November 14, 1961
Appeals, Nos. 130 and 131, March T., 1961, from judgments of Court of Common Pleas of Beaver County, March T., 1960, No. 451, in case of Mary Anne Stimac et al. v. Russell L. Barkey et al. Judgments affirmed.
Oran W. Panner, with him Bradshaw and Panner, for appellants.
John D. Ray, with him Ray & Good, for appellees.
Before Bell, C.j., Musmanno, Jones, Cohen, Eagen and Alpern, JJ.
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OPINION BY MR. JUSTICE BENJAMIN R. JONES,
The refusal of the court below to enter judgment n.o.v. is the subject of this appeal.
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On June 15, 1959, at approximately 6:30 a.m., Mary Anne Stimac was operating an automobile, owned by her mother, Mary Stimac, in an easterly direction on Route 251, known as the Black Hawk Road, in Beaver County en route to her place of employment as a nurse at the Rochester General Hospital, Rochester, Pa. Route 251, 22 feet wide, consists of two lanes and the center of the highway is marked with a white line. At the time weather conditions were good and it was daylight. As Miss Stimac proceeded along the highway, she started upgrade and approached an "S" curve at a speed of 35 to 40 miles per hour; as she proceeded into the curve to her left, she observed approaching from the opposite direction an empty flatbed tractor-trailer owned by Harry D. Stewart and operated by Russell L. Barkey. Miss Stimac then entered the curve to her right and, as she was leaving the second curve, a collision occurred between her automobile and the tractor-trailer. The left front portion of the Stimac automobile came in contact with the first of the two rear tires and wheels on the left side of the trailer. As a result of the collision, Miss Stimac was seriously injured and the automobile damaged.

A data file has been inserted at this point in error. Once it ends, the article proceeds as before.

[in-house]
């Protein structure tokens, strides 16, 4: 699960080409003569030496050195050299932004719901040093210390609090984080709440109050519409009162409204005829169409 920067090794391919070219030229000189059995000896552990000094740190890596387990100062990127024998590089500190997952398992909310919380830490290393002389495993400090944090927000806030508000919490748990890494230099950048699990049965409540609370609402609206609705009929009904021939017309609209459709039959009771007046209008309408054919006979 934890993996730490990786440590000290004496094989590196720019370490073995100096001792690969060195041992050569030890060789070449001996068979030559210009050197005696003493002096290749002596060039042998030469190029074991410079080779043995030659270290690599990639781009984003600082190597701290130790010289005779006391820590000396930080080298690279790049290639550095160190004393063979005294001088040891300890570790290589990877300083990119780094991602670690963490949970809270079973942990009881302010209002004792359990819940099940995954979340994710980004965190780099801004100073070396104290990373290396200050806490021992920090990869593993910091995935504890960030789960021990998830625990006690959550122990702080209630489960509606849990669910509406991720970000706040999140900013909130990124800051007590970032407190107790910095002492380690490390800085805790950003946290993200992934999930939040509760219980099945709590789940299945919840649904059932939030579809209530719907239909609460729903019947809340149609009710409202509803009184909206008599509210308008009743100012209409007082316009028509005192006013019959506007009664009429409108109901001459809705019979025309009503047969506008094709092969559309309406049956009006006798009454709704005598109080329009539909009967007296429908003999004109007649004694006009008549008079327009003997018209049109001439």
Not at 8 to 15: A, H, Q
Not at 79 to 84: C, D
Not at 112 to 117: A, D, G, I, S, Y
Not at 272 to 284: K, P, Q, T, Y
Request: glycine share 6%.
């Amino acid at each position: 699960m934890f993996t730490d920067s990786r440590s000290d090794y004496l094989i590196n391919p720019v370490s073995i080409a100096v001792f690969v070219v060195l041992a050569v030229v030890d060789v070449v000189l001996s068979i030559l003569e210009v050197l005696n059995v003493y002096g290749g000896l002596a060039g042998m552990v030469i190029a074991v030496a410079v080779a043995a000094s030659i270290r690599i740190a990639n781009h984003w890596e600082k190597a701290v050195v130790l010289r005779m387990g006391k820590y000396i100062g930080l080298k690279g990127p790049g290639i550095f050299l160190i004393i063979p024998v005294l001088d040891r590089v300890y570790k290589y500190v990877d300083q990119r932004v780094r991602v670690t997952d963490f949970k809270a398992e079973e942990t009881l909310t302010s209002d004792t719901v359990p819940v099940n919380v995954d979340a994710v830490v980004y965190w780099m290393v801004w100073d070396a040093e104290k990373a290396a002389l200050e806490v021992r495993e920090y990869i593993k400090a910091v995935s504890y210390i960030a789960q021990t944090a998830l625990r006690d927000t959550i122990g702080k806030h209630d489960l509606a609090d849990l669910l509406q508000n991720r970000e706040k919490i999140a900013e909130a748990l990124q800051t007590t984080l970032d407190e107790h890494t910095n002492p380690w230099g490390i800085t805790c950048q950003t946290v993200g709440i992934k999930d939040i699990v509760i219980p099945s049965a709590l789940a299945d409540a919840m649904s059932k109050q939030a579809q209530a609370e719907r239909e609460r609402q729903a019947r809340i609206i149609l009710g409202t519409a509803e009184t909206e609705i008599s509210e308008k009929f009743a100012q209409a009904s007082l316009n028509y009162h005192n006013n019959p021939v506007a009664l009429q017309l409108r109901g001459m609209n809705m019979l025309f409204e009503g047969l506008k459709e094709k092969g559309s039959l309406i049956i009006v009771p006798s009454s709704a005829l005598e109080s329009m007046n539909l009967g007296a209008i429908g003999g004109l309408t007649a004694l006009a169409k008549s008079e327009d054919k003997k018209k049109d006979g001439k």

An action in trespass was instituted by Miss Stimac and her mother, Mary Stimac, against Barkey and Stewart in the Court of Common Pleas of Beaver County. After a trial before Judge MORGAN H. SOHN and a jury, the jury returned a verdict of $750 in favor of Mary Stimac for the damage to the automobile and a verdict of $7,000 in favor of Mary Anne Stimac for her personal injuries and expenses. The court below entered judgment on the verdicts and these appeals then were taken.
In considering these appeals we view the testimony in the light most favorable to the verdict winners, resolve all conflicts in the testimony in their favor and give to them the benefit of all facts and inferences from